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How I got to over 100,000 known words in my first year with LingQ

June 24 at 22:20

Now 100,000 known words within a year can mean a lot of things. For someone who cheats, it doesn´t really mean anything. One could also quite easily get to that number by just studying their native language or languages they are fluent in already. If somebody managed 100,000 words in languages they did not know at all beforehand, that would be phenomenal. None of that is true of how I did it though and here is my story.


I started with LingQ in late November. I was already fluent in Icelandic (native), English, German, Danish and Swedish and after having tried to learn French (my first non-Germanic language) on and off, I could read simple books like Le Petit Nicholas fluently.

I began with French and got pretty addicted to LingQ. I´d spend several hours a day, mostly reading, getting in around 1,000 new known words some days. The reason I could do this, is I had a job guiding at the only whisky distillery in Iceland, which did not take up too much time, but I could still live off of. I got to around 16K words at the end of the year, the 23K mark in January and to 44K at the start of April. By then I´d read about 1,4 million words, including several books, news, film reviews and wikipedia articles. I´d also done about 40 hrs of listening.

I was intending on doing more listening in French, because I feel the known word count tends to over motivate me to read, at the expense of listening, but curiosity and competitiveness got the better of me and made me switch to Dutch, which I had just about no experience with.

I´d always been curious as to how fast I could learn it, being fluent in the languages that are the most closely related to it. And seeing the stats for the top 10 in known words at the time made me get that itch to see if I couldn´t top that and by how much. This was during unemployment because of the covid epidemic. I also spent several hours a day in a crazy binge study, getting in about 1K known words a day for 3 weeks straight and listening quite a bit and completing advanced 1. During this time I eventually got the avatar laurel for being the most active member in Dutch that month.

What allowed me to advance this fast in Dutch (aside from the insane hours) was, as I suspected, how much like German this language is and how almost everything in there that isn´t like German was like something from English or Nordic languages anyway. I was able to understand and mark the majority of the words as known the first time I saw them.

At the end of April I got a job again with fairly normal hours. I slowed down a lot, but read a bit of Dutch still, a tiny bit of French too, listened to French quite a bit and a tiny bit to Dutch. I did manage to complete advanced 2 in Dutch in early June.

That was supposed to be when I´d finally stop going insane on LingQ, having promised myself to to that after advanced 2 and 3 in both French and Dutch, but then got another itch and had to see how fast I could complete Norwegian advanced 2.

When you are fluent in Danish and Swedish there is hardly anything in Norwegian that can surprise you, unless it´s like something from Icelandic and then it´s my mother tongue anyway. I could mark over 95% of the words as known the first time I saw them. It took me 20 days to get from 1K known words to finish advanced 2, with much less time a day than for Dutch of French.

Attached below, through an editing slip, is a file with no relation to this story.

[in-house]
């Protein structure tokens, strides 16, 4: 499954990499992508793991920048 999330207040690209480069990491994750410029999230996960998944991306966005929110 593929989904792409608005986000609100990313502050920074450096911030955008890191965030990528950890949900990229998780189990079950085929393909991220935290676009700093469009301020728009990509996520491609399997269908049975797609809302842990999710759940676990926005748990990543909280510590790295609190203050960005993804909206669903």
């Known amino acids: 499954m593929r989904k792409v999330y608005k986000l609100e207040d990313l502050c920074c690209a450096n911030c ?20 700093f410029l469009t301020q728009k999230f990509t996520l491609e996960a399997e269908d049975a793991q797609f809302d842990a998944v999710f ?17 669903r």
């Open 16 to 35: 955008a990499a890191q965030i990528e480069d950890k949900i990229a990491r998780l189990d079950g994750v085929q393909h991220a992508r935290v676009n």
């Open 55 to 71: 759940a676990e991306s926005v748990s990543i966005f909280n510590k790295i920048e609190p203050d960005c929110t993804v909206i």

One thing in comparing my experiences with these 3 languages is that French, being by far a more widely used language than the other two, had by far the best selection of material. There is a slight drawback in how a lot of the literature is old, letting you learn old words, but I felt with French it was not much of a problem and the overall language seemed quite similar to modern French.

With Dutch, there was a lot less material. Not as many books for one thing. There also seemed to have been more changes to the spelling of Dutch through the times, so when I imported old stories in the public domain, it may have made me learn outdated ways of spelling.

With Norwegian, a language spoken by a lot fewer people that Dutch, let alone French, this was quite a bit of a problem. Very little advanced material in LingQ. Importing old stories from the public domain also turned out to be a bad idea, because when they were written, Norwegian was almost identical to Danish in it´s written form. I ended up just mostly reading from the news feed.

So that is the story so far, having just finished advanced 2 in Norwegian. Here below are my stats as of now, they should offer an interesting perspective of how much easier it is and how much less you have to read to learn languages similar to the ones you know.

Fench: Known words 46,144 - Read words 1,434,664 - Hours of listening 48.8 - LingQs 16,614 - LingQs learned 5,780

Dutch: Known words 32,019 - Read words 612,752 - Hours of listening 22.8 - LingQs 12,323 - LingQs learned 3,820

Norwegian: Known words 30,263 - Read words 311,062 - Hours of listening 2.9 - LingQs 2,021 - LingQs learned 581 - (probably a fair proportion of LingQs made by accident)


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